New caucus to advocate for NASA’s needs in Congress
Updated 12:25 p.m. Eastern.
WASHINGTON — The co-founder of a new congressional caucus devoted to NASA said he hopes to use it to advocate for the agency’s needs in Congress once a new administrator is in place.
Rep. Steve Knight (R-Calif.) co-founded the new NASA Caucus in October with Rep. Marcy Kaptur (D-Ohio). The bipartisan caucus now has about 50 members, he said in a Nov. 30 speech at a Commercial Spaceflight Federation breakfast here.
“We’re going to talk about what NASA can do, what the private industry can do, what commercial spaceflight is going to be doing, what everything is going to be doing, all meshed together,” he said.
Knight said later that the caucus didn’t have any specific legislative priorities at this time. Rather, he said he was waiting for the Senate to confirm the nomination of Rep. Jim Bridenstine (R-Okla.) to the position and get his input on his priorities for NASA.
“I don’t want to get out in front of a possible new administrator,” Knight said. “We’ll talk to the new administrator, talk to the caucus as a whole, and try to find out how we can help.” He added that he’s invited Bridenstine to speak to the caucus once confirmed.
Knight endorsed the nomination of Bridenstine as NASA administrator. “Jim Bridenstine will do an exceptional job,” he said, saying he had the attributes to be a good leader for the agency. “I am hopeful Jim will be the next administrator, and I think that he will.”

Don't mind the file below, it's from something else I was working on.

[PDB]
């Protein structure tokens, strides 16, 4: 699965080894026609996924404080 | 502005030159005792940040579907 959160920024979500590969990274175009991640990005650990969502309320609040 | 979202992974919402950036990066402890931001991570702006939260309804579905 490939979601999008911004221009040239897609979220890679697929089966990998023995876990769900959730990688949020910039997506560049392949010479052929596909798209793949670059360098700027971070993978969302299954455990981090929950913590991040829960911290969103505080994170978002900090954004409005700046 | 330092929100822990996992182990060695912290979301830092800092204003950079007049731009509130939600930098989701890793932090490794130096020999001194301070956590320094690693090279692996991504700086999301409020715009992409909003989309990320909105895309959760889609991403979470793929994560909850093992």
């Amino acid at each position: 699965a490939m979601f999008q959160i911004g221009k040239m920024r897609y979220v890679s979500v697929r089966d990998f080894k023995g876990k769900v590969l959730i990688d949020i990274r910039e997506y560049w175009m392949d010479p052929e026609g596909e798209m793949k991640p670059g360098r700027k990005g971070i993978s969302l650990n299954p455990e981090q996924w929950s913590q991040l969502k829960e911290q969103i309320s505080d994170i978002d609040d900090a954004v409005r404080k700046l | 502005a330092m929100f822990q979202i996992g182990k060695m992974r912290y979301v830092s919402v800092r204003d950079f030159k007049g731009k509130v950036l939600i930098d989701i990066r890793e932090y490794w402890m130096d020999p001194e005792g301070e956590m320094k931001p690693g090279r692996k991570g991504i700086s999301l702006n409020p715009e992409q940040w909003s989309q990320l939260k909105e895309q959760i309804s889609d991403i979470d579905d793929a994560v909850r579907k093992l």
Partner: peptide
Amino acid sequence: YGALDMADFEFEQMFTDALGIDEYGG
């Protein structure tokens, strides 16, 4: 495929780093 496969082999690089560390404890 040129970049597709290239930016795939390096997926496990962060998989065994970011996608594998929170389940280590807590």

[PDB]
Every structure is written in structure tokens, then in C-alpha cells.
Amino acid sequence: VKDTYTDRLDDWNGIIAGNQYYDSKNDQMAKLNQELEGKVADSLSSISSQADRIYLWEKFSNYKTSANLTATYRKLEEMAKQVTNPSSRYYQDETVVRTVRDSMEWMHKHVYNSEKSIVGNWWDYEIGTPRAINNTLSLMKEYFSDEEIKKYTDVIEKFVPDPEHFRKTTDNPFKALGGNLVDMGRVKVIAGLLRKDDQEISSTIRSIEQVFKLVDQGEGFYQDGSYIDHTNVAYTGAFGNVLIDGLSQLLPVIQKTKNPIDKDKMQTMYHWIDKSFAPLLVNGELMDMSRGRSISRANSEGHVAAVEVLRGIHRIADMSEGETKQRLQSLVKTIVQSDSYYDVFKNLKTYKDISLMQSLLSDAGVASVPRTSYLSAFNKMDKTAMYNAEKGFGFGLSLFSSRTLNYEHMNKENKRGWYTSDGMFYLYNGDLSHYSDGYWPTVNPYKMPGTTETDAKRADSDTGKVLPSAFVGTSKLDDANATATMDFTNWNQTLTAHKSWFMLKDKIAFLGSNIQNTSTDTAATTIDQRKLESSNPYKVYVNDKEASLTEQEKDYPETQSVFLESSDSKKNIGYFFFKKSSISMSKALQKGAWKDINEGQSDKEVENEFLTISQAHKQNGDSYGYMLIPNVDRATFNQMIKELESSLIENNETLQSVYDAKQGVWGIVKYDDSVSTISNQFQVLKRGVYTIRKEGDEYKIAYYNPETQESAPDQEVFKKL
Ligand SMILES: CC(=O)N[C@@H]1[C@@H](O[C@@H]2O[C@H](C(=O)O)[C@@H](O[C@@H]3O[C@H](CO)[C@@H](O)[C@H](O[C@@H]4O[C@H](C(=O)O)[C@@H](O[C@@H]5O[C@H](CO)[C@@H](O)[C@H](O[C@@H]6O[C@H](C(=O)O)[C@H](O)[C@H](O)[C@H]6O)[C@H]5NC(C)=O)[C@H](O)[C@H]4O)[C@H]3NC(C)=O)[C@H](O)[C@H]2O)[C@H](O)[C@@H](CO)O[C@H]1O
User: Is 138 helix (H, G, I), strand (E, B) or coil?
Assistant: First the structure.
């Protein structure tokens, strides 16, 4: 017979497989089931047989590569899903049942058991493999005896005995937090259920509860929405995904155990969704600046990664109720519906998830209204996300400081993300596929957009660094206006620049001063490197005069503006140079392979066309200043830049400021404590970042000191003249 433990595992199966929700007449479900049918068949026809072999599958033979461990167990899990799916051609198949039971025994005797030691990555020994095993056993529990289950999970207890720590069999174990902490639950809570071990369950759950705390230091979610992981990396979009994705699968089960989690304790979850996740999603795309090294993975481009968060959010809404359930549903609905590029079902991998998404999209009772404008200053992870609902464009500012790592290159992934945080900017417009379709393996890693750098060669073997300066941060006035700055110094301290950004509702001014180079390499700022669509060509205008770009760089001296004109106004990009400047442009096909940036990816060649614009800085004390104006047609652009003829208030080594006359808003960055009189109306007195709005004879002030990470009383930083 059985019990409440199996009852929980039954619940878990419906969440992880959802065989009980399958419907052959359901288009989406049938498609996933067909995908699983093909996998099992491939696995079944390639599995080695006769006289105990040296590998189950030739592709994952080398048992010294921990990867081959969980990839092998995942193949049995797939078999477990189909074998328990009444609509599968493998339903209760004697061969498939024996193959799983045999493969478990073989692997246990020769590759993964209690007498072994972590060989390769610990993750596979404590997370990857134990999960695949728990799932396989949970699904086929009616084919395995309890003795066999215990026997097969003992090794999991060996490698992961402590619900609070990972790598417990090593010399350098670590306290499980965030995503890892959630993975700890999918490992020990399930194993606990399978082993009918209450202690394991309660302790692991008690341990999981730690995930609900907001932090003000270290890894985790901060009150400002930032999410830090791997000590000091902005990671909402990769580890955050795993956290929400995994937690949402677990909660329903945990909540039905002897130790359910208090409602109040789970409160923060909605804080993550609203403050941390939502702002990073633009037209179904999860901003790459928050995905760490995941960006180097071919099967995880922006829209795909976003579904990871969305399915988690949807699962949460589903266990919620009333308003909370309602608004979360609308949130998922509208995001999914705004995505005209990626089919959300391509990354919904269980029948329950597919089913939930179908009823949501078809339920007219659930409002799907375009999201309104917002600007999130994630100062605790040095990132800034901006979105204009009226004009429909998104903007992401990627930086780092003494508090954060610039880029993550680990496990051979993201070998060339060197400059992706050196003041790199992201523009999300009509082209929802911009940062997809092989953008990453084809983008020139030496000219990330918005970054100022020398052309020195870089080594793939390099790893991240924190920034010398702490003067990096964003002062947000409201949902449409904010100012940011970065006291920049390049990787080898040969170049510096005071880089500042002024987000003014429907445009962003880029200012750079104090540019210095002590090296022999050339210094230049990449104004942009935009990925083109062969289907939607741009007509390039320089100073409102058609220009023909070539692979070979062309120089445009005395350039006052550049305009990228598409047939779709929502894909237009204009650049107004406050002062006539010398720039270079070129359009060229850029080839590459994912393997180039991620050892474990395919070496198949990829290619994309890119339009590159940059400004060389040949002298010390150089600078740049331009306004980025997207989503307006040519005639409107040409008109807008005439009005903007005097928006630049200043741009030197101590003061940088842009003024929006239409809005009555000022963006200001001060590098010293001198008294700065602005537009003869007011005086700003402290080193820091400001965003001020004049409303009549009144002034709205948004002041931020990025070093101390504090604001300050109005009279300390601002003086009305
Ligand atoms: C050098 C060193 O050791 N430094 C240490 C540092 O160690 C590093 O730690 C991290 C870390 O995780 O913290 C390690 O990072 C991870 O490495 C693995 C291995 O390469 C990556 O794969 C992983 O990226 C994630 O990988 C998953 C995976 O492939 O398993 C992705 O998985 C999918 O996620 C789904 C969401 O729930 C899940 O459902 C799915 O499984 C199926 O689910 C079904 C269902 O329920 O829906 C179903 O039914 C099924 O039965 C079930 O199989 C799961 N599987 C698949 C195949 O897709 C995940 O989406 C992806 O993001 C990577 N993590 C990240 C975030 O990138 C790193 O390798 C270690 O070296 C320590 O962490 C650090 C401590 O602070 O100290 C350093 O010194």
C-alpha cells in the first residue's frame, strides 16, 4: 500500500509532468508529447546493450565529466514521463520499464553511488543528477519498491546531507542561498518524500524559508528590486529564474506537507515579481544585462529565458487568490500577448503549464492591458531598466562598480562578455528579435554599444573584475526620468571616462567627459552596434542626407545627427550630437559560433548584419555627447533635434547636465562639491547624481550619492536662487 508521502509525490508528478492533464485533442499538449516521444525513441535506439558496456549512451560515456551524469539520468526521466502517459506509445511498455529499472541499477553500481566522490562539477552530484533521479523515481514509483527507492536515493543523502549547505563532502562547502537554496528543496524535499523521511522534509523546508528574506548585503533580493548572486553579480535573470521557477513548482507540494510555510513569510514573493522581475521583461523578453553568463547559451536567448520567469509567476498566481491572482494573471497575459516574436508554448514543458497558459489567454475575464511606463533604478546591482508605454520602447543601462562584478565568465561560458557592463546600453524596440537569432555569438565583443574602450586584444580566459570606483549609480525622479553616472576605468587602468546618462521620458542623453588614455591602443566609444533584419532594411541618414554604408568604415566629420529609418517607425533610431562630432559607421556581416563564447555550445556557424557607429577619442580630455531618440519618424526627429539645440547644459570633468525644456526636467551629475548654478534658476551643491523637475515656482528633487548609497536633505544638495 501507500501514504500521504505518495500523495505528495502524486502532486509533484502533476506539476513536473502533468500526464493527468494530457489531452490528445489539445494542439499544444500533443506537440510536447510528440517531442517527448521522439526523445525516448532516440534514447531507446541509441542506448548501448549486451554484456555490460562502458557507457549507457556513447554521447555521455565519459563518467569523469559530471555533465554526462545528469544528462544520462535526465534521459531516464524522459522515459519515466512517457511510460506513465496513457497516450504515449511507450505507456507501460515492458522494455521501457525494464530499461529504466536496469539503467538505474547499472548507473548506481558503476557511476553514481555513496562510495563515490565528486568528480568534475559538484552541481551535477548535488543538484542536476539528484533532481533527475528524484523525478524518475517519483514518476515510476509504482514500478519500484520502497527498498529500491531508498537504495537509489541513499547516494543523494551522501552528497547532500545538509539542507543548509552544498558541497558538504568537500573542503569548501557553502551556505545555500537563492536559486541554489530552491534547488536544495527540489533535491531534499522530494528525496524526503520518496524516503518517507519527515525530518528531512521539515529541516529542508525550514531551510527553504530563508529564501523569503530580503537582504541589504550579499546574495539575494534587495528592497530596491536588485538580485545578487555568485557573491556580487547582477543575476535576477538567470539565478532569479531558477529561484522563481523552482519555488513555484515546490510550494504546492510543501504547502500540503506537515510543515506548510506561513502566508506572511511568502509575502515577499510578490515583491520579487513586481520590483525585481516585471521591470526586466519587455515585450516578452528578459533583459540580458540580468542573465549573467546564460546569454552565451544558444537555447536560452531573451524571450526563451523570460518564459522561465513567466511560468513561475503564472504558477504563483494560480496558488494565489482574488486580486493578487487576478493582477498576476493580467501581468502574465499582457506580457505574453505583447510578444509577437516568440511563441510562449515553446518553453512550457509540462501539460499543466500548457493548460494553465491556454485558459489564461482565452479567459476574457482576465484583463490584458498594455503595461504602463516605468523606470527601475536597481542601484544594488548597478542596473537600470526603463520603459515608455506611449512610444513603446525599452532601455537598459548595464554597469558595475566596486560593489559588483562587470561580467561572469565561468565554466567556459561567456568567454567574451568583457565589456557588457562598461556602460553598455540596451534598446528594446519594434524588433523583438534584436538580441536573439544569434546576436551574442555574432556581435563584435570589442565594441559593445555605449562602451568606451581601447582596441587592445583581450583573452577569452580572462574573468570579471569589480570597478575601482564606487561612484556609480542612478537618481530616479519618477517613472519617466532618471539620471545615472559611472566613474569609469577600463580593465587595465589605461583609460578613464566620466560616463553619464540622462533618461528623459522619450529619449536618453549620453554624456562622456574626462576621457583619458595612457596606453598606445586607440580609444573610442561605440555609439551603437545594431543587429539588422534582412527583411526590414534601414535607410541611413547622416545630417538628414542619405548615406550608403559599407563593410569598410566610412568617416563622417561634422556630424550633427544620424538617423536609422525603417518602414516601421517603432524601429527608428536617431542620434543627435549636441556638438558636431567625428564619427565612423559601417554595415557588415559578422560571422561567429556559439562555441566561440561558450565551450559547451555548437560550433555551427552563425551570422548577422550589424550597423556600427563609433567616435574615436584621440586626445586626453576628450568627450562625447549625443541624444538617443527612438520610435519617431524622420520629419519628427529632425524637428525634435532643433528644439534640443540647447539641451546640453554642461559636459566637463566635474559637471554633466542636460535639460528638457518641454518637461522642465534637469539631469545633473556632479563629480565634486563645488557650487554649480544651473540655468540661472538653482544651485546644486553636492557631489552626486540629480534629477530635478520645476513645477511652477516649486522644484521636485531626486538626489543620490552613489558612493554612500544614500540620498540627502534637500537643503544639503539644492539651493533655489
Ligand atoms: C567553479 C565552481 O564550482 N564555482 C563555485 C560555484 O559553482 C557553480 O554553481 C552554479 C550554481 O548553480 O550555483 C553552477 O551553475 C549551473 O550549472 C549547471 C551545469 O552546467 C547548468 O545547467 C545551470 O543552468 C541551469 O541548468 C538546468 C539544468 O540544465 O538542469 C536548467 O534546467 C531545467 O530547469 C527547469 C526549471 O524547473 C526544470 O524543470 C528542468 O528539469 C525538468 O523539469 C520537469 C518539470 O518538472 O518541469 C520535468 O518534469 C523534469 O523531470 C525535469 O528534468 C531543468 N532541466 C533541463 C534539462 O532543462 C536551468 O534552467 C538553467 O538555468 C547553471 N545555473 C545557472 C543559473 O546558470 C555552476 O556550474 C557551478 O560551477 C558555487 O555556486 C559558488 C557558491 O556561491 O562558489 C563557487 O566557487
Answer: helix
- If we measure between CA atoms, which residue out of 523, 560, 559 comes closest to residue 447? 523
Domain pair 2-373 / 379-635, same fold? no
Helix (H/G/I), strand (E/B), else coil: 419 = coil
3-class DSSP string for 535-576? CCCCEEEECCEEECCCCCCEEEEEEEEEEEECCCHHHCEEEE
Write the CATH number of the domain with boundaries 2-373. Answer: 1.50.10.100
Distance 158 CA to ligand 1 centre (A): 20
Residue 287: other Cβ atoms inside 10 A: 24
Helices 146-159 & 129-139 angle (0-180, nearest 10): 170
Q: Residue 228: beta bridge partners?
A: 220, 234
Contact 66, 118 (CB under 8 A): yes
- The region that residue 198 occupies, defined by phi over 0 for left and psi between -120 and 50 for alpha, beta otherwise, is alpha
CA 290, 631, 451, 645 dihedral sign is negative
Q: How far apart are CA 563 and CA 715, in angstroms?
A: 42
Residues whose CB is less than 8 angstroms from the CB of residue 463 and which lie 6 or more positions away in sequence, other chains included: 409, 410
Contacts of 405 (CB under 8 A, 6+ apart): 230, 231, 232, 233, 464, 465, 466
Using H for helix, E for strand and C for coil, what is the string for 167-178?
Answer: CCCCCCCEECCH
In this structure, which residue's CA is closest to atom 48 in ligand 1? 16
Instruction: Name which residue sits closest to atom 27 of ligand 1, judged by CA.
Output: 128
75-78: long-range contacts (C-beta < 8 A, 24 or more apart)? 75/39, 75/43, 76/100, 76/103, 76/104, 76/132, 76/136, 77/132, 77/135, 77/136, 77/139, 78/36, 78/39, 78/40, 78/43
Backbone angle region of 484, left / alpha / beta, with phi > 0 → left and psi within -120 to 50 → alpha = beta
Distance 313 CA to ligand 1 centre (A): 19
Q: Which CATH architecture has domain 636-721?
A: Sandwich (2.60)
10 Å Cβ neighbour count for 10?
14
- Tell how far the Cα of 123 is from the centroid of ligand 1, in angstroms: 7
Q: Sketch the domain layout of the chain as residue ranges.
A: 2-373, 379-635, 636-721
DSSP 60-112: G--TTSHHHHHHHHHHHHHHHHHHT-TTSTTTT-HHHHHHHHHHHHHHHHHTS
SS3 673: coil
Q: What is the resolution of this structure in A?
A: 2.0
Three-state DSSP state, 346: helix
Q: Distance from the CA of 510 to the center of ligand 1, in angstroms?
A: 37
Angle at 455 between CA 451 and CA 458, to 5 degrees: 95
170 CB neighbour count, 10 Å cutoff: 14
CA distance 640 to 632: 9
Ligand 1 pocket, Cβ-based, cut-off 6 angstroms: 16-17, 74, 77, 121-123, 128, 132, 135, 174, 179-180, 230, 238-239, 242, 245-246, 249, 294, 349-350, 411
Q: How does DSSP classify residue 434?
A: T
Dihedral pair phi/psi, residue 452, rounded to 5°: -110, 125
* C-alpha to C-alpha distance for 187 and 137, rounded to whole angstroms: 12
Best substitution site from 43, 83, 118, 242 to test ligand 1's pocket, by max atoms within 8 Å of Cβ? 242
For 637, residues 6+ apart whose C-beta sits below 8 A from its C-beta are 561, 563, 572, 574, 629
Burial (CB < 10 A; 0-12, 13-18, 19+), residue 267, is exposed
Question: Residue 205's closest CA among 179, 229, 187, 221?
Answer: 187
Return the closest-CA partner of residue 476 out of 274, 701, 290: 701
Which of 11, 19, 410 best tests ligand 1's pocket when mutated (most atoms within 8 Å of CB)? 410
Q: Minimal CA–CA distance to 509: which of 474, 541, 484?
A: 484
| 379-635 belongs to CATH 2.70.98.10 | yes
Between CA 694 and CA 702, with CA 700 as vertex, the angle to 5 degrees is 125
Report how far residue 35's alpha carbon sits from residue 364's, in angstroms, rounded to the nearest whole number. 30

While not talking about specific priorities the caucus had, Knight, whose district includes part of Edwards Air Force Base, where NASA’s Armstrong Flight Research Center is located, said that the agency’s work in aeronautics was a priority for him. “Our push is always to make sure NASA is putting money into aerospace; it is the ‘big A’ of NASA,” he said. “They’ve been a little lacking in the funding.”
He was less interested, though, in human missions to Mars, at least in the 2030s timeframe others in Congress have supported. “I know that there are people out there that think we’re going to be on Mars in 2033,” he said, an apparent reference to Rep. Ed Perlmutter (D-Colo.), a fellow member of the House Science Committee who frequently advocates for a 2033 human Mars mission in committee hearings. “I’m not of those people. I still think there’s a lot of things we need to do before we can get to Mars in the next 16 years.” (A spokesperson for Rep. Perlmutter told SpaceNews Dec. 1 that he is also a member of the NASA Caucus.)
Knight said the impending retirement of Rep. Lamar Smith (R-Texas), the chairman of the science committee who announced in November he would not run for reelection in 2018, could be a factor in lobbying for future NASA budget increases.
“He’s been a good advocate in trying to make sure that we’re starting to bump up NASA’s budget,” he said of Smith. “It’s going to be interesting on who’s going to take over [the committee] because I think that’s going to be one of the positions that we’re looking at to keep bumping up NASA a little bit.”
Knight, who also serves on the House Armed Services Committee, weighed in on some elements of the final version of the National Defense Authorization Act. He said he expected one provision of the bill, which would prevent the Defense Department from buying satellite services involving spacecraft launched from Russia or China after 2022, would have to be later amended.
“I think that 2022 [deadline] will probably have to move,” he said. “I don’t know that we’re going to get there, and I don’t know that that’s going to be achievable.”
He added he didn’t support the “Space Corps” provision in the original House version of the act, but not in the final version. “I am not a fan of the Space Corps,” he said, arguing that resources should be provided to the Air Force to carry out its space responsibilities rather than create a “whole new bureaucracy” of a Space Corps. “I think the Air Force is the best place for it.”